But early Saturday morning, the doorbell rang. The grandfather clock chimed seven times, leaving her to wonder who in their right mind would be out and about at this hour.
In her bathrobe and slippers, Sarah begrudgingly tromped to the door. She moved the curtains half an inch and discovered an unfamiliar gray SUV parked in the driveway. It was difficult to see through the peep hole. Whoever was on the other side had covered it with their finger.
“Who is it?” Sarah pressed her ear to the door and waited.
No one answered.
She tightened her robe, glancing at the top of the china cabinet where Michael kept the shotgun. Then she squared her shoulders, put on a brave face, and opened the door.
Stunned, Sarah gasped. “Linda?”
Linda had two cups from Starbucks in her hands.
“I brought coffee.”
Unable to move, too afraid to say a single word, Sarah was motionless in the doorway.
“Well, aren’t you going to invite me in?” Linda asked.
“W-Why of course.”
On Linda’s way to the kitchen, she stopped and gazed at the flowers on the baroque table in the hallway. Slightly bending at the waist, she read one of the cards.
If you want a friend, show yourself friendly. (Proverbs 18.24 – KJV)
Linda picked up another Bible verse.
A new commandment I give to you, that you love one another, even as I have loved you, that you also love one another. By this all men will know that you are my disciples, if you have love for one another. (John 13:34-35)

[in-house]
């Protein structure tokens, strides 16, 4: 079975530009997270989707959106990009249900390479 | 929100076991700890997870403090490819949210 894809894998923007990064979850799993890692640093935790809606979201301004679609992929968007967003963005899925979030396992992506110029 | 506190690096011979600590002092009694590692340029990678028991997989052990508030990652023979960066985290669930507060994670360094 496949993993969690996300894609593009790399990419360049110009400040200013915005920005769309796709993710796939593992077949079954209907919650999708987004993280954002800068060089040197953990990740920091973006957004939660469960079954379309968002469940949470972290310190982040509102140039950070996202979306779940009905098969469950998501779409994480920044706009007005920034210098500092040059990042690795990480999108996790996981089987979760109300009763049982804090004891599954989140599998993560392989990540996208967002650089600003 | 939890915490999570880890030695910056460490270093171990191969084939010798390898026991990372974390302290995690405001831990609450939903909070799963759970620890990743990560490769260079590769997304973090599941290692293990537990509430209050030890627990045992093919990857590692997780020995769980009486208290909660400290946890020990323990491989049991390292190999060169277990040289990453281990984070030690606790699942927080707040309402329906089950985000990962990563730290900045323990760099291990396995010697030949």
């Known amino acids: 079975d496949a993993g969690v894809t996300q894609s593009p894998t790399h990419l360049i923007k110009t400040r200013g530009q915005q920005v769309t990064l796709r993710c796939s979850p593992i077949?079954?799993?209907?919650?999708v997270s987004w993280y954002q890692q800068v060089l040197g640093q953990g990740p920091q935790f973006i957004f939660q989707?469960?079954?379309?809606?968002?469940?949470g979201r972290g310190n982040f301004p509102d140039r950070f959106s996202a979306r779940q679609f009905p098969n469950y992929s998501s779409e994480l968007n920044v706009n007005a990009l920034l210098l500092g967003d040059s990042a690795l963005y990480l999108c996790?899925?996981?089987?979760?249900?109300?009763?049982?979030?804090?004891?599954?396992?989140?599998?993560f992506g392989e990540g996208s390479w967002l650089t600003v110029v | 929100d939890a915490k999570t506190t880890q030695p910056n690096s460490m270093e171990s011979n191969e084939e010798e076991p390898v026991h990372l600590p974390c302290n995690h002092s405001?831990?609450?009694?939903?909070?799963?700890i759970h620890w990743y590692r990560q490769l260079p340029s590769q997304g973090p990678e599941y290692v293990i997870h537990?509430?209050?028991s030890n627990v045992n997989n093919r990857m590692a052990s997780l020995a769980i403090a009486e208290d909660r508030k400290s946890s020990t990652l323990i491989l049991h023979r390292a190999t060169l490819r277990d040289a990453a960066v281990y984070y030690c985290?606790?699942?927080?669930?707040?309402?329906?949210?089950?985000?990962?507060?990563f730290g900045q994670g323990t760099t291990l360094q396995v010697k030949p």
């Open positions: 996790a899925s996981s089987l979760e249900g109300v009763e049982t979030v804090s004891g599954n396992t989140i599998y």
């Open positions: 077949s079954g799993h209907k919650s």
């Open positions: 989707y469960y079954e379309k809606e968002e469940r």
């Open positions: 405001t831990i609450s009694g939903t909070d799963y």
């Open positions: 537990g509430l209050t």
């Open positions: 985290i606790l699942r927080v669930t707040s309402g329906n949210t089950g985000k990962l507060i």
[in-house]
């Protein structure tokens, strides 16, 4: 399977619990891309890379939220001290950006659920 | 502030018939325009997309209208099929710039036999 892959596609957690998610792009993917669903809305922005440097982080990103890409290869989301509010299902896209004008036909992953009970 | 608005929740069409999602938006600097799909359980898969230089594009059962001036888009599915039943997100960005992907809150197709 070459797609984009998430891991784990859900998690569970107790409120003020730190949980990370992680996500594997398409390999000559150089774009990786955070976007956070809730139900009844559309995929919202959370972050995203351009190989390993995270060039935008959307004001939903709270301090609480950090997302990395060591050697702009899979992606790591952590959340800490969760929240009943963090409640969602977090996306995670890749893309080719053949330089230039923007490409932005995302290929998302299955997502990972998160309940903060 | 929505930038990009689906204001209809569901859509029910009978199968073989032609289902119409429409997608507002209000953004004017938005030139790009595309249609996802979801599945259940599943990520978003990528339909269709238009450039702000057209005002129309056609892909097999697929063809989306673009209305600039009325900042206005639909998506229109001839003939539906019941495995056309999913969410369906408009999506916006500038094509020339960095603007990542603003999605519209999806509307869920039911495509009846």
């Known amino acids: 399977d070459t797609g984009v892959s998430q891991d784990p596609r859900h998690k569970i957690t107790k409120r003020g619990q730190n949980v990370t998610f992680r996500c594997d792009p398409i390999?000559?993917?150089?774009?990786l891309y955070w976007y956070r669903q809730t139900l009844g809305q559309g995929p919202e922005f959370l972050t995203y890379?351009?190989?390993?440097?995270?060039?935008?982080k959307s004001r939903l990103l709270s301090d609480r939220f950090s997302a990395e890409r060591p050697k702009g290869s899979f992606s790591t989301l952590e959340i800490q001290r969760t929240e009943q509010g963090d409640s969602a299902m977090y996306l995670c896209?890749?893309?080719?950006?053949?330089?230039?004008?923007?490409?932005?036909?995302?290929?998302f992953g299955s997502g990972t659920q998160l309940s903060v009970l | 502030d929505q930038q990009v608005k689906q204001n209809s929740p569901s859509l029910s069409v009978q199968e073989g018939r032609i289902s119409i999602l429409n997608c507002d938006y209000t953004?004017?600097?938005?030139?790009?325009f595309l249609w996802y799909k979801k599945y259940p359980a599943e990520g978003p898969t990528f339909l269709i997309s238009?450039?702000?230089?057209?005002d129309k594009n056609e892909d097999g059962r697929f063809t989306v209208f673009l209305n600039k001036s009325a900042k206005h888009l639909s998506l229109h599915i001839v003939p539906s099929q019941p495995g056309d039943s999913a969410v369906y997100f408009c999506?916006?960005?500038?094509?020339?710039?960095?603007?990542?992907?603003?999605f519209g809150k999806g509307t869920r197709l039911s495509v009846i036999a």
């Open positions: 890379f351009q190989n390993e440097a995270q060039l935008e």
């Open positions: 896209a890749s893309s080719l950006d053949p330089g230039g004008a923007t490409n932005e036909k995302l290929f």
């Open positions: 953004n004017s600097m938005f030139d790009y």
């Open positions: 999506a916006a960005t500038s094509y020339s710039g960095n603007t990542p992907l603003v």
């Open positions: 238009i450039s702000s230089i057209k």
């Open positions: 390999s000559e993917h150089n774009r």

Linda handed Sarah one of the coffee cups before carrying the flowers to the kitchen.
“I received flowers just like these,” Linda said as she centered them on the table. “You sent them, didn’t you?”
“No,” Sarah said as she flopped in a chair, “I didn’t send them.”
Sarah shrugged her shoulders. “I have no idea.”
“Did Michael buy them?”
“He swears he didn’t.”
“They come every Thursday?” Linda asked as she arched one eyebrow in curiosity.
“Yes, they do.” Sarah squinted. “You don’t suppose Jake had anything to do with this?”
Linda nodded as a smile emerged. “If you ask me, I think both our husbands had a hand in this.”
“Why are you here, Linda? This can’t be about flowers. I thought you were still mad at me and never wanted to see me again.”
“I am and I didn’t.”
“Ooookay. That’s clear as a bell.”
“It’s those blasted Bible verses. It’s God’s fault. He really got to me.”
“I’ve tried to shake them, too, but I can’t. Sometimes . . . Sometimes the truth hurts.”
“I thought it was your clever way of saying you were sorry.”
“Afraid I’m not that creative.”
“This is really immature of me, I know, but I don’t want to forgive you. I want to stay mad at you.”
“I’ve not been a good friend to you. Linda, I’ve acted like an idiot,” Sarah admitted. “You didn’t deserve the mean-spirited way I treated you.”
“Do you have any idea what you’ve done?”
“If I had, I wouldn’t have done it. I don’t think I’ve ever put myself in your shoes. Never considered how you’d feel.”
“Well, the elephant in the room won’t go away until you put a pin in it. No matter where this leads, we’ve got to talk it out.”
Sarah bowed her head. “I can’t begin to tell you how ashamed I am.”
“Save it for later. Right now, I want to explain something to you. And you need to listen real good cause I’m only gonna say this once.”
Sarah nodded in humble obedience.
“It was a betrayal of trust . . . what you did. Here we are the best of friends, two people who have shared everything in the world together. We’ve been there for each other through thick and thin—at each other’s wedding; at the birth of our kids; consoling each other when our husbands often lost their minds. But when faced with the one thing that might take you from us, you up and decided to keep it hidden from me.”
“Hush! I’m not done yet. Other than God, I thought I knew more about you than anyone else in the world. So, I find all of this hard to believe. You stabbed me right here!” Linda pounded her chest with her fist. Her face turned beet red. Tears flowed effortlessly. “It didn’t cross your mind that I cared?”